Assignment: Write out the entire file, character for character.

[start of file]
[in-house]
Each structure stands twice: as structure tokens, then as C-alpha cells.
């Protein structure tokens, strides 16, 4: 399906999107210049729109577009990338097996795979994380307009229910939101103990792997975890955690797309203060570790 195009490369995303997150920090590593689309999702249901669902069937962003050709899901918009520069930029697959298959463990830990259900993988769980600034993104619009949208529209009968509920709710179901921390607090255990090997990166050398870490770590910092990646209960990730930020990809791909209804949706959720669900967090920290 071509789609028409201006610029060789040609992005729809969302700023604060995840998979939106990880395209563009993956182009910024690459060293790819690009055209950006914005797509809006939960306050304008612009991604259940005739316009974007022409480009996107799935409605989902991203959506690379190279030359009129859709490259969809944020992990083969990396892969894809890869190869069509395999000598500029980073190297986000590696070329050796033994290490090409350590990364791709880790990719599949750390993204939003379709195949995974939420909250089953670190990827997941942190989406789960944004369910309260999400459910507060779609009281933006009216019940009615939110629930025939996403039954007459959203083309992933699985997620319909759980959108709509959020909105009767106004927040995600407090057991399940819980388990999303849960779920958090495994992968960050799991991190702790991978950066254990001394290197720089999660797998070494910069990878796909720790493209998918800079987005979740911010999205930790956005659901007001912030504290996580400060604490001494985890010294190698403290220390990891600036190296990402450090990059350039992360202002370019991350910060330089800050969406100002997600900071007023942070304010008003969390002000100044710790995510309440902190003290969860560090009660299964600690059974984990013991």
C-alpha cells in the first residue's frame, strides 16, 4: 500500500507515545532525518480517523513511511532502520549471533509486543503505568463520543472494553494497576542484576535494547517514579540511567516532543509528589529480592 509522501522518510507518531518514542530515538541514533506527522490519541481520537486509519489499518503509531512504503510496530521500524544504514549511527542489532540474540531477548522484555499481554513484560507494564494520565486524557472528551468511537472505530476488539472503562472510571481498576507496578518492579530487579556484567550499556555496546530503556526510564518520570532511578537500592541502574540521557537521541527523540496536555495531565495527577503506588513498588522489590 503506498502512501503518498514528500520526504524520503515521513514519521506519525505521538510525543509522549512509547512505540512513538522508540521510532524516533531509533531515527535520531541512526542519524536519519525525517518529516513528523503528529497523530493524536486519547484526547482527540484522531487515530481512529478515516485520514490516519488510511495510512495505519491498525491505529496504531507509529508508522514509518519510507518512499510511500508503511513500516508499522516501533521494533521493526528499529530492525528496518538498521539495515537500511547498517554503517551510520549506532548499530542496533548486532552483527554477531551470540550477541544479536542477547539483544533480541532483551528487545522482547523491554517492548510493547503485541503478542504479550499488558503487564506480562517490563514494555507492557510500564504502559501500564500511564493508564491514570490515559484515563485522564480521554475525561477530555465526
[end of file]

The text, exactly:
[in-house]
Each structure stands twice: as structure tokens, then as C-alpha cells.
């Protein structure tokens, strides 16, 4: 399906999107210049729109577009990338097996795979994380307009229910939101103990792997975890955690797309203060570790 195009490369995303997150920090590593689309999702249901669902069937962003050709899901918009520069930029697959298959463990830990259900993988769980600034993104619009949208529209009968509920709710179901921390607090255990090997990166050398870490770590910092990646209960990730930020990809791909209804949706959720669900967090920290 071509789609028409201006610029060789040609992005729809969302700023604060995840998979939106990880395209563009993956182009910024690459060293790819690009055209950006914005797509809006939960306050304008612009991604259940005739316009974007022409480009996107799935409605989902991203959506690379190279030359009129859709490259969809944020992990083969990396892969894809890869190869069509395999000598500029980073190297986000590696070329050796033994290490090409350590990364791709880790990719599949750390993204939003379709195949995974939420909250089953670190990827997941942190989406789960944004369910309260999400459910507060779609009281933006009216019940009615939110629930025939996403039954007459959203083309992933699985997620319909759980959108709509959020909105009767106004927040995600407090057991399940819980388990999303849960779920958090495994992968960050799991991190702790991978950066254990001394290197720089999660797998070494910069990878796909720790493209998918800079987005979740911010999205930790956005659901007001912030504290996580400060604490001494985890010294190698403290220390990891600036190296990402450090990059350039992360202002370019991350910060330089800050969406100002997600900071007023942070304010008003969390002000100044710790995510309440902190003290969860560090009660299964600690059974984990013991």
C-alpha cells in the first residue's frame, strides 16, 4: 500500500507515545532525518480517523513511511532502520549471533509486543503505568463520543472494553494497576542484576535494547517514579540511567516532543509528589529480592 509522501522518510507518531518514542530515538541514533506527522490519541481520537486509519489499518503509531512504503510496530521500524544504514549511527542489532540474540531477548522484555499481554513484560507494564494520565486524557472528551468511537472505530476488539472503562472510571481498576507496578518492579530487579556484567550499556555496546530503556526510564518520570532511578537500592541502574540521557537521541527523540496536555495531565495527577503506588513498588522489590 503506498502512501503518498514528500520526504524520503515521513514519521506519525505521538510525543509522549512509547512505540512513538522508540521510532524516533531509533531515527535520531541512526542519524536519519525525517518529516513528523503528529497523530493524536486519547484526547482527540484522531487515530481512529478515516485520514490516519488510511495510512495505519491498525491505529496504531507509529508508522514509518519510507518512499510511500508503511513500516508499522516501533521494533521493526528499529530492525528496518538498521539495515537500511547498517554503517551510520549506532548499530542496533548486532552483527554477531551470540550477541544479536542477547539483544533480541532483551528487545522482547523491554517492548510493547503485541503478542504479550499488558503487564506480562517490563514494555507492557510500564504502559501500564500511564493508564491514570490515559484515563485522564480521554475525561477530555465526